Support network created by Men’s Shed in Swanwick

Tucked away on a farm in a lesser- known area on the outskirts of Swanwick something amazing is happening.

With their slogan, “make friends – make something in wood,” Swanwick Men’s Shed provides a safe, friendly place to meet and join in a variety of projects – from building garden benches, planters and obelisks to making picture and mirror frames and reviving old furniture.

And despite its location, the Men’s Shed is at the centre of the community. People venture up with donations of tools and wood, put in requests for things to be made and there are many links with others in the community like local schools and charities.

But,  what’s really clear here is the shed is providing a lifeline to local men (and women) who would otherwise be socially isolated or suffering with poor mental health. With the Government’s Loneliness Strategy stating lonely people were more likely to be admitted to hospital or have a longer stay, visit a GP or A&E, and enter local authority funded residential care, the opportunities provided by this small community group are huge.

Tackling social isolation

Charles Parkes helped to set up the Men’s Shed in 2017 through Valley CIDS and it’s since won regional and national awards. It’s aimed mainly at men but is open to both men and women over 18.

He explains: “The original idea was to deal with isolation for older males. A lot of men who’ve finished work for whatever reason – whether they’ve retired, been made redundant or finished due to ill health – don’t have the social network that their wives would probably have through schools, playgroups, WI and all sorts of things.

“We’ve had a few people move into the area and then become widowed so they’re in a new place with no social contact at all. They have found new friends and a family in the shed. They enjoy coming and helping out, making items for their grandchildren or cooking the sausages on a Saturday.

We get new members to buddy up with a shedder on a project. It is good to see them smiling and enjoying the banter. It’s something to do and keeps them physically fit and mentally active.”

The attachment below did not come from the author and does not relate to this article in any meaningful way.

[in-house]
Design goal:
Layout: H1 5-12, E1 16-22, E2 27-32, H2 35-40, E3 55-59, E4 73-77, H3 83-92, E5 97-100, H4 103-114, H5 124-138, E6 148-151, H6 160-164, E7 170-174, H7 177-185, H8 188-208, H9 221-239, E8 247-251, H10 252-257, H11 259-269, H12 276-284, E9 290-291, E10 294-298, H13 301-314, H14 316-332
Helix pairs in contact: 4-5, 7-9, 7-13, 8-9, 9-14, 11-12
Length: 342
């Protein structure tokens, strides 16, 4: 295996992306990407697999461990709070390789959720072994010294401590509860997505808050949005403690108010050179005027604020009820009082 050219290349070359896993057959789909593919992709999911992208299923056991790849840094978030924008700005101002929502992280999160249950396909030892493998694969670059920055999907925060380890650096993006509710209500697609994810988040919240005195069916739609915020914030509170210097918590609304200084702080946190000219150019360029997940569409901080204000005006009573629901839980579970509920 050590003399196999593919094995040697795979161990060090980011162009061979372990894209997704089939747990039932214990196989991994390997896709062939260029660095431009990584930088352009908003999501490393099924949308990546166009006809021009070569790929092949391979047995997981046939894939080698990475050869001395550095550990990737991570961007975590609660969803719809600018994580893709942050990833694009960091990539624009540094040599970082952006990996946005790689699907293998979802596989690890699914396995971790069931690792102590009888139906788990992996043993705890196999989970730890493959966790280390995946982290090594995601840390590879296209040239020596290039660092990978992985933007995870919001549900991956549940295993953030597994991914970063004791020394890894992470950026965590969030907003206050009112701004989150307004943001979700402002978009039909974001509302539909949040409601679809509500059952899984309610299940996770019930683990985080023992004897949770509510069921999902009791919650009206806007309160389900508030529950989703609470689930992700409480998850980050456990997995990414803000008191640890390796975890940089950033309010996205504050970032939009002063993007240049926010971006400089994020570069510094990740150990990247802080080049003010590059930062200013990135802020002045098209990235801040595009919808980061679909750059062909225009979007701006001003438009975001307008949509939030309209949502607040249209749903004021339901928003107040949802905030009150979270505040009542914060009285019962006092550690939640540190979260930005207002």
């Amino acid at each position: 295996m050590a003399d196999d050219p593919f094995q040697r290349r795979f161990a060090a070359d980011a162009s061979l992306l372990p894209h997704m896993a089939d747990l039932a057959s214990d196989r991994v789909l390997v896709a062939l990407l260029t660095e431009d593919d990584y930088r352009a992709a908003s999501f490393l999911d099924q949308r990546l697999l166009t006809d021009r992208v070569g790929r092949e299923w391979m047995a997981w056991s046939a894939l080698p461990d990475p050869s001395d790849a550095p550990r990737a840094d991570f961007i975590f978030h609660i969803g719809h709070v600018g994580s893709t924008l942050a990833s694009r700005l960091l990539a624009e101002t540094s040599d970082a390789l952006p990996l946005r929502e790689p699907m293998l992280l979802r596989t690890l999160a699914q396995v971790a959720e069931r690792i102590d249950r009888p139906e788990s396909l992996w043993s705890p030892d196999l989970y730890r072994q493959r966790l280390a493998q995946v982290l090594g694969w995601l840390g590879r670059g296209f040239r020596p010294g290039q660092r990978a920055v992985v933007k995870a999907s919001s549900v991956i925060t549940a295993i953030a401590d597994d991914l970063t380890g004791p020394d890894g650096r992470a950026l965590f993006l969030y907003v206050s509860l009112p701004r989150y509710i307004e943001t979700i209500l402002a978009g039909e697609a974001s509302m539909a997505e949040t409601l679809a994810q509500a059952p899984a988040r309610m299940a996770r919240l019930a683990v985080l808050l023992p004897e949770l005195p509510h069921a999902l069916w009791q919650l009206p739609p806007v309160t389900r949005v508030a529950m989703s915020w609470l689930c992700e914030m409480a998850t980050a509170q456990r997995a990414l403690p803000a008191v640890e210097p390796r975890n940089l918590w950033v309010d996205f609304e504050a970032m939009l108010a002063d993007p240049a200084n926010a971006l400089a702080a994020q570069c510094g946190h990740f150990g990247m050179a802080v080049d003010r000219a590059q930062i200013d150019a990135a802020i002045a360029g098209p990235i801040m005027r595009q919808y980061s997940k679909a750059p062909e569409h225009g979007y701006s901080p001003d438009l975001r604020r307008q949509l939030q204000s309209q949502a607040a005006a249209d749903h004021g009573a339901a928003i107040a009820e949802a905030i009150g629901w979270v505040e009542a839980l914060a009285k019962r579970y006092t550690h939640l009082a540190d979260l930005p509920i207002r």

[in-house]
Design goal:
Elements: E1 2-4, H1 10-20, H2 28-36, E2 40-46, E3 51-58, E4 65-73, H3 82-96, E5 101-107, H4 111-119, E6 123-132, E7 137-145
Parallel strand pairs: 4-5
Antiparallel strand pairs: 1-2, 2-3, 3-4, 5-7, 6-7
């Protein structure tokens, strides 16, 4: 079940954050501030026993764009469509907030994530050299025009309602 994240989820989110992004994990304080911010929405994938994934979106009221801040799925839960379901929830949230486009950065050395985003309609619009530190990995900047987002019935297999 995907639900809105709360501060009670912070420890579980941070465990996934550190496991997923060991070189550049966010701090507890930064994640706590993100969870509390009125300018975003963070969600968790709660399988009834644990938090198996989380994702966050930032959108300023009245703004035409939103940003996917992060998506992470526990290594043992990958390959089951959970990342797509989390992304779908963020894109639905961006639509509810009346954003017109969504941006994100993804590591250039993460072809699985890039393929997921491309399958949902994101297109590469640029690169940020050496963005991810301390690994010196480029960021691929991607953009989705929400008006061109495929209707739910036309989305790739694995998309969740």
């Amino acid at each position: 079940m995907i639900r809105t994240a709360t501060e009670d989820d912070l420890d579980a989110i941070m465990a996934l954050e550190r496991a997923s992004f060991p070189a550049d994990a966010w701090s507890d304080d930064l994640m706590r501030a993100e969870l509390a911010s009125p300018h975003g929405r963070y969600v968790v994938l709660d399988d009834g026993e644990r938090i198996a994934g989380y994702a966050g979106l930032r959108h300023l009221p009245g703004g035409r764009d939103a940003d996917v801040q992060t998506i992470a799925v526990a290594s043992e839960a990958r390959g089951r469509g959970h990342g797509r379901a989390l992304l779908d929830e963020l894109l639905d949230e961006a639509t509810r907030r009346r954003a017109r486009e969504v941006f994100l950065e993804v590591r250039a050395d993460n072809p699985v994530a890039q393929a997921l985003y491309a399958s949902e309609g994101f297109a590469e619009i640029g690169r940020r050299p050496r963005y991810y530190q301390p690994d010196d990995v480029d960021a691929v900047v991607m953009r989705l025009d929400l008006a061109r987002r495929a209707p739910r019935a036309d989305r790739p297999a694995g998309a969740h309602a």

Feeling valued

The shed is primarily a woodworking and hobby workshop but the value people take from it is hugely varied.

Charles said: “Some come to utilise their skills, some come with a particular purpose to make something, the majority come just to do something, whatever that is. I think the main thing is they can still be useful, by fetching and carrying and holding and screwing and helping someone who’s a bit more able.

“We have a lady who comes, she’s 75 and not really done anything practical all her life but she makes all the garden trellis and she’s really taken that on board. So she’s found new skills and she works in a team with one or two others. And she’s our sausage buyer as well so there’s all sorts of elements.

“We’ve got people who’ve got dementia, at various levels. Being at the shed provides a respite and free time for their carers.

“Dementia sufferers can have a short attention span so we have to find tasks they can manage. One shedder put together one of our bird box kits that we make for schools and conservation groups.  He presented it to his wife and that was a huge success for them as a couple. She’s got the nest box in the garden.”

Building family and support

The friendships formed through the Men’s Shed have spread far beyond the confines of the shed itself.

Charles explains: “We’ve found friendship, I think that’s the thing. We come to the farm, have a bit of banter, go and feed the animals, have a sausage cob, be useful.

“We support each other. We’ve got two or three at the moment who’ve got health problems within their family and we’re rallying around speaking and supporting each other. We closed over Christmas and we kept in contact with people who needed contact and help.

“I get a lot of satisfaction out of it in terms of what we’ve achieved. When you hear their stories it’s great to see the effects it’s had on other people being there.

“We’ve got people there who would relatively openly admit it’s saved their lives.”

How can you help Swanwick Men’s Shed?

There are lots of costs involved in running Swanwick Men’s Shed so they’re always on the lookout for donations of wood and tools. They are currently in desperate need of good quality timber to fulfill a request from a charity shop to make some gardening crates. If any local businesses are able to help, please contact Charles on

For more information visit the website here

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